Aly Raisman said in an interview recently that she hopes the landing rules may change, so that the next generation of gymnasts may not suffer so many ankle injuries.
She noted almost every athlete on the national team now tapes their ankles, which I’m sure is related repetitive high impact injuries snowballing over time. This certainly is the case with thousands of more gymnasts involved in all levels of the sport. Ankle taping may help to a degree, but it doesn’t fix the true issues as to why injuries occur. These repetitive truamas build up over time to be much more serious issues like Achilles tears, talar dome stress fractures, and very severe bone bruises.
These can sideline athletes for months or an entire season. Even if they are not this severe, they still pose a significant negative impact on training potential. Aly noted that not being able to lunge out of tumbling passes and changes in corner transitions were two concerns of hers.
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I certainly agree with her but think due to this being a sport wide issue there are other factors to consider. Here are 5 of my thoughts,
1. Improper Landing Technique – No matter how much you change the rules for step outs or try to modify choreography, ankles injuries will still happen if a knee and ankle dominated pattern are always used. As I wrote about in this popular article, “Why Gymnast’s Must Change The Way They Land“, the traditionally taught gymnastics landing may not be the best for joint or lower body health. The available science (find more here, here, here, here, and here) and recent injury patterns suggest we need to be teaching proper squat based mechanics with the feet hip width. Read about it more in the article, but dissipating the enormously high 17x body weight force through eccentric muscular contractions in the hips, rather than in passive joint, bone, and ligamentous structures, is the goal.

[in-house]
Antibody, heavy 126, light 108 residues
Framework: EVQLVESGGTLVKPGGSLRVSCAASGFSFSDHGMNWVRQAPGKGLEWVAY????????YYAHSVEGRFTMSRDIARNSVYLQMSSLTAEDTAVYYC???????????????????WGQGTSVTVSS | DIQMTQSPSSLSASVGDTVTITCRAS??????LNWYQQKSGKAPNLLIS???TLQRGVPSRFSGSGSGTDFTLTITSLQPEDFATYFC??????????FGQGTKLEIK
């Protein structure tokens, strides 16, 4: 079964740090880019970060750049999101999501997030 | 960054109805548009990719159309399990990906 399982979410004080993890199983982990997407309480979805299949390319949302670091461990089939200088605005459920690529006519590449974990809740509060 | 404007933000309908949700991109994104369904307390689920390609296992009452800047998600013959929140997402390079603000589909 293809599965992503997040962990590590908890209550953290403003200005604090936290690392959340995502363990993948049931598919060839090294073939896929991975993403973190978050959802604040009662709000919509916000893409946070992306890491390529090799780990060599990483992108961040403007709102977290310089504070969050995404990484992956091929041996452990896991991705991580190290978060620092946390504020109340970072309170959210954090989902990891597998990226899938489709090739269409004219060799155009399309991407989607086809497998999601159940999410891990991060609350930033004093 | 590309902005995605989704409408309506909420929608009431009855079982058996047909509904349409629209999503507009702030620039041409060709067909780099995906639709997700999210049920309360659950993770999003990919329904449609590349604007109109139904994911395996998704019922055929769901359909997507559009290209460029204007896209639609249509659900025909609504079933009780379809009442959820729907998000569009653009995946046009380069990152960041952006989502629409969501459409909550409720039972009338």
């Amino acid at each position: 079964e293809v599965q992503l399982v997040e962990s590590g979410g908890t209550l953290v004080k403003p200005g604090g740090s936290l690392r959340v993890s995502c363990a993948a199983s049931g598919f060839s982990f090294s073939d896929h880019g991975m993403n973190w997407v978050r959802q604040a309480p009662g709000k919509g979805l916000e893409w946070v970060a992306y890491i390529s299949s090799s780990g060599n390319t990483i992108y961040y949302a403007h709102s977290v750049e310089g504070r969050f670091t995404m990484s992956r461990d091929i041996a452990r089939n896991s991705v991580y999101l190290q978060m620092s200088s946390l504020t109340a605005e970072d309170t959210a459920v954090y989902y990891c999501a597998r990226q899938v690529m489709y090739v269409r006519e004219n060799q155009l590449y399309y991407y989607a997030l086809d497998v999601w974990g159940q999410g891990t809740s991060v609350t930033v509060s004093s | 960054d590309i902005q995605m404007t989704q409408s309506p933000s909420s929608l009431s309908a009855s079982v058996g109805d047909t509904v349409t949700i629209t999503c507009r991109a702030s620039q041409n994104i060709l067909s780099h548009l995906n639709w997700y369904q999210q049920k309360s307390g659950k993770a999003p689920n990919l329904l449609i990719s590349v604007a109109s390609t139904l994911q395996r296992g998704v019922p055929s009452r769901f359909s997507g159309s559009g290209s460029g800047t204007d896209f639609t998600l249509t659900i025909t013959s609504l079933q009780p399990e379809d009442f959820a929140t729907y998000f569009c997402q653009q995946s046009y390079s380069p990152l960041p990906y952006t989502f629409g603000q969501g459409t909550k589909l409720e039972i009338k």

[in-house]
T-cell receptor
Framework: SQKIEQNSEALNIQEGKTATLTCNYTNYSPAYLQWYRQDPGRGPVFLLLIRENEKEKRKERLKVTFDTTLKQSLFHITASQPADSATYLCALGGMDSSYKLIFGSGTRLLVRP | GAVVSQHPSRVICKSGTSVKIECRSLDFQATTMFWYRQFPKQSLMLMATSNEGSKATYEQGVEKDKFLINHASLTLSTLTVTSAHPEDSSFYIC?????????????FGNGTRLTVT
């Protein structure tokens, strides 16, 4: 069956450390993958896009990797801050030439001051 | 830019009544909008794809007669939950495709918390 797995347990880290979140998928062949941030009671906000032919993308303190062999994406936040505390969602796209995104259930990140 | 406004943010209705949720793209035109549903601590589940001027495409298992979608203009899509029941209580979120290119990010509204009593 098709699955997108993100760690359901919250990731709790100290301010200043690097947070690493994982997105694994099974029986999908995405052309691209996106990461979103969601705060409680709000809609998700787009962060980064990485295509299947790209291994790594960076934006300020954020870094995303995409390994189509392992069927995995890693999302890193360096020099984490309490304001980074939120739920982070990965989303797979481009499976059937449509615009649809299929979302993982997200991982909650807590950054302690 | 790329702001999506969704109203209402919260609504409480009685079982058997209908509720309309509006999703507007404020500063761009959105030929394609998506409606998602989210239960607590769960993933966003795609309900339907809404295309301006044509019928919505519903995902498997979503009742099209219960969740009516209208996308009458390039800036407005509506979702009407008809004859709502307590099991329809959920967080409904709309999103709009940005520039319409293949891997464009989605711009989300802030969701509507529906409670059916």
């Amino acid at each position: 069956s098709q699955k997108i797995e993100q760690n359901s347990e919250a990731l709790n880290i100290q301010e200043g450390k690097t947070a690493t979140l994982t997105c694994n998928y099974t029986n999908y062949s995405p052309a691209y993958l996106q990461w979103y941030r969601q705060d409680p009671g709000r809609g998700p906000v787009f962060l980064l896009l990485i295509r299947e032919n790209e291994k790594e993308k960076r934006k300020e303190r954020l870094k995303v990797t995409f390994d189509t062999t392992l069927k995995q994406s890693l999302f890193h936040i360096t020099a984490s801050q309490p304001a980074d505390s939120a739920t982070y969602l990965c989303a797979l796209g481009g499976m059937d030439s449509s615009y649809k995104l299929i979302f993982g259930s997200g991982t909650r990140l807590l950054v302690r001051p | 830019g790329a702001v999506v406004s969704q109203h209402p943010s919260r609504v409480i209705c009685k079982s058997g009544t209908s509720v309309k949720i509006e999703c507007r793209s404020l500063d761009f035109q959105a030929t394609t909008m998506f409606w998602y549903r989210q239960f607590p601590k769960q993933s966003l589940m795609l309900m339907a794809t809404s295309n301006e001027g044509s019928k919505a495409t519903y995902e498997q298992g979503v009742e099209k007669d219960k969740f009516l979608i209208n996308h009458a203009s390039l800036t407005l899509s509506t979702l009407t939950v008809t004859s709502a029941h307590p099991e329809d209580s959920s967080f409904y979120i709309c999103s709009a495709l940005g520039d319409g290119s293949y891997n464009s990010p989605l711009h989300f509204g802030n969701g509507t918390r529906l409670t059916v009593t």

2. Myths / Misunderstandings About Using External Weights for Strength – This is another controversial but crucial topic gymnastics needs more education on. The more I treat gymnasts and read research, the more firm I become on my views that gymnastics must adopt the use of periodized, formal strength programs that use external load. Injuries occur when tissue load exceeds tissue capacity, either progressively as overuse injury (Achilles tendinopathy) or in once acute incident (ACL tear). The exact goal of using progressive exposure to external weight with proper planning, appropriate recovery and adaptation periods, and proper coaching / technique / supervision, is to enhance the bodies ability to accept and deal with more force over time. I feel his is exactly why so many ankle and other lower body injuries occur over time in gymnastics.
Interestingly enough, a recent meta-analysis in the British Journal of Sports Medicine suggested that strength training was the only notable way to reduce injury risk, with rates being reduced by about 33%. It was not specific to gymnastics, but I strongly feel quality based improvements in landing technique combined with quantity based tissue capacity building are cornerstones of reducing lower body injuries in gymnastics for the next generation. It’s not to say many gyms aren’t already on the right track using external load and correct periodization models, but I think as a whole gymnastics continue to adopt these ideas fully. Our girls team has been using external load for 2 years, and has been weight lifting as an adjunct ot their strength in the summer. I clearly am biased and can’t say I’m producing Olympians, but I feel as though it has been the biggest factor in the reduction in ankle/knee injuries in our gym since I started at my gym 3 years ago. If you are interested, read more on this in an article I wrote, ” Gymnastics and Lifting Weights: Don’t Fear Plates, Kettlebells, and Barbells“.